BIOS Chronomancy: Using Timing-Based Attestation to Detect Firmware Rootkits
John Butterworth - MITRE
Sep 04, 2013Size: 133.3MB
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AbstractIn 2011 the National Institute of Standard and Technology (NIST) released a
draft of special publication 800-155. This document provides a more detailed
description than the Trusted Platform Module (TPM) PC client specification for
content that should be measured in the BIOS to provide an adequate Static Root
of Trust for Measurement (SRTM). In this talk we look at the implementation of
the SRTM from a Dell Latitude E6400 laptop.
I'll discuss a couple ways that an attacker can gain access to the BIOS and
demonstrate an exploit we discovered in the BIOS update process that bypasses
the signed firmware update and allows an attacker to execute arbitrary code in
the context of System Management Mode. This allows an attacker to install a
malicious BIOS reflash even in the presence of a signed update requirement.
Next I'll show what happens when an attacker is able to do once he gains
access to a system BIOS. I'll show how a 51 byte patch to the SRTM can cause
it to provide a forged measurement to the TPM indicating that the BIOS is
pristine. If a TPM Quote is used to query the boot state of the system, this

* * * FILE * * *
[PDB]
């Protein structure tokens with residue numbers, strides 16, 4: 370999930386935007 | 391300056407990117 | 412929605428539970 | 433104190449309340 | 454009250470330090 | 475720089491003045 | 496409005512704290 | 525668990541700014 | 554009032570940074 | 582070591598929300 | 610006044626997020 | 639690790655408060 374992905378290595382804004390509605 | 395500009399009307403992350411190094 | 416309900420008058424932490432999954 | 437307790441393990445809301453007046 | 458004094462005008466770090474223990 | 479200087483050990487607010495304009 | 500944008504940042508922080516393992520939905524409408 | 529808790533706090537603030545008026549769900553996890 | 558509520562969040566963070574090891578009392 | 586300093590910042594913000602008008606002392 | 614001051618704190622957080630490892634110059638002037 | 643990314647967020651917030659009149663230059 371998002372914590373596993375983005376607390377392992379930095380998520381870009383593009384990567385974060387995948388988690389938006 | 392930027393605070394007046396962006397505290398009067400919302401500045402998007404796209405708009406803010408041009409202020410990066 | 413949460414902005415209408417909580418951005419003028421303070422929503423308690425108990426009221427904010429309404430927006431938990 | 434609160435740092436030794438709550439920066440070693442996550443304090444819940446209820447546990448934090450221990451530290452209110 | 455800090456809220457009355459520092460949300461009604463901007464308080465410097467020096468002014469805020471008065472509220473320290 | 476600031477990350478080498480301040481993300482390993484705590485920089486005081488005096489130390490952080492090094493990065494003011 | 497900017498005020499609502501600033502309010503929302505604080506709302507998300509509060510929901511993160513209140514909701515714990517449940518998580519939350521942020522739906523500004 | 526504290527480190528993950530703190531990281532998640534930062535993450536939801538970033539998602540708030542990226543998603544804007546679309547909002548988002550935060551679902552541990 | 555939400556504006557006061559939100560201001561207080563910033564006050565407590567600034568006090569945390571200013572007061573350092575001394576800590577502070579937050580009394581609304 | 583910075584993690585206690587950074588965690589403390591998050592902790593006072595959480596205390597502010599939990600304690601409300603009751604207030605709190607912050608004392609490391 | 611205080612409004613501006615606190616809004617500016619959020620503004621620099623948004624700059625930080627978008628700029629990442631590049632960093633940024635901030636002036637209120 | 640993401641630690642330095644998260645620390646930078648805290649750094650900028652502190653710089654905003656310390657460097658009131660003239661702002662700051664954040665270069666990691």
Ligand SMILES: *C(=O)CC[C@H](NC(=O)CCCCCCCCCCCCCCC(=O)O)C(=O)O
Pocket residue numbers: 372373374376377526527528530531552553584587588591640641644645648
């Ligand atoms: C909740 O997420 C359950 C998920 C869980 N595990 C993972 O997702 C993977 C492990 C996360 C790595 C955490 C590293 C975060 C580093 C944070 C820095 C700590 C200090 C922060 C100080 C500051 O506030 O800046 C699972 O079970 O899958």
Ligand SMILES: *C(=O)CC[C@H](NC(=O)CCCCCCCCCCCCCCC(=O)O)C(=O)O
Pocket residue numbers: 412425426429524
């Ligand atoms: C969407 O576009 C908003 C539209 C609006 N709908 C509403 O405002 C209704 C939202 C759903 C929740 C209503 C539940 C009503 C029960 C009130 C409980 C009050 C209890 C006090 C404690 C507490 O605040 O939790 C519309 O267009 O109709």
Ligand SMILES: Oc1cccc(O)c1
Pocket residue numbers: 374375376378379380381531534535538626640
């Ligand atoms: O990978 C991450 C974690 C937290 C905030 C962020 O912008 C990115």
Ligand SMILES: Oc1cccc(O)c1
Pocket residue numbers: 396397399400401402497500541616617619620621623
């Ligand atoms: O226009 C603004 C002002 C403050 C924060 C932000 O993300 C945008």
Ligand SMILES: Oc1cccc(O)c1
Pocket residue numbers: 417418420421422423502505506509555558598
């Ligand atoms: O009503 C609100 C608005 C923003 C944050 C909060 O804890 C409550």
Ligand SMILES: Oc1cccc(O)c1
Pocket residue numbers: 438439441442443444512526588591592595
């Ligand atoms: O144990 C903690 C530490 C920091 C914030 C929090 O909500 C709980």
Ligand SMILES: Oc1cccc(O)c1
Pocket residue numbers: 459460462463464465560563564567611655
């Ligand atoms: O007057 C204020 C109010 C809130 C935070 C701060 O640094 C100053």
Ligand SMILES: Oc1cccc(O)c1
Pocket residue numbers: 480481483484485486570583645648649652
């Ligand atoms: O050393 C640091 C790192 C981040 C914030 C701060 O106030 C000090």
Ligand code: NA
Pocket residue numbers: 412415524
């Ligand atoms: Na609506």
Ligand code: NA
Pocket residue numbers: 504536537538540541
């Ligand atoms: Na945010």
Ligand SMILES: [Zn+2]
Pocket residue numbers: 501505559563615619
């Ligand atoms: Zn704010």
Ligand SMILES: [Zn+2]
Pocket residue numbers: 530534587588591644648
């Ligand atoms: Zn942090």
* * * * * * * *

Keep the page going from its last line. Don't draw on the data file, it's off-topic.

TPM-signed falsification will then serve as the root of misplaced trust. We
also show how reflashing the BIOS may not necessarily remove this
To fix the un-trustworthy SRTM we apply the technique of "timing-based
attestation" to create a custom SRTM that can detect malicious modifications
of itself. We call our timing-based attestation system "BIOS Chronomancy"
because the extra trust is divined from timing, and we show that it could be
incorporated into vendor BIOSes as a stronger root of trust for measurement.
About the SpeakerJohn Butterworth is a security researcher at The MITRE Corporation who
specializes in low level system security. Currently he is applying his
electrical engineering background and firmware engineering background to
investigate UEFI/BIOS security.
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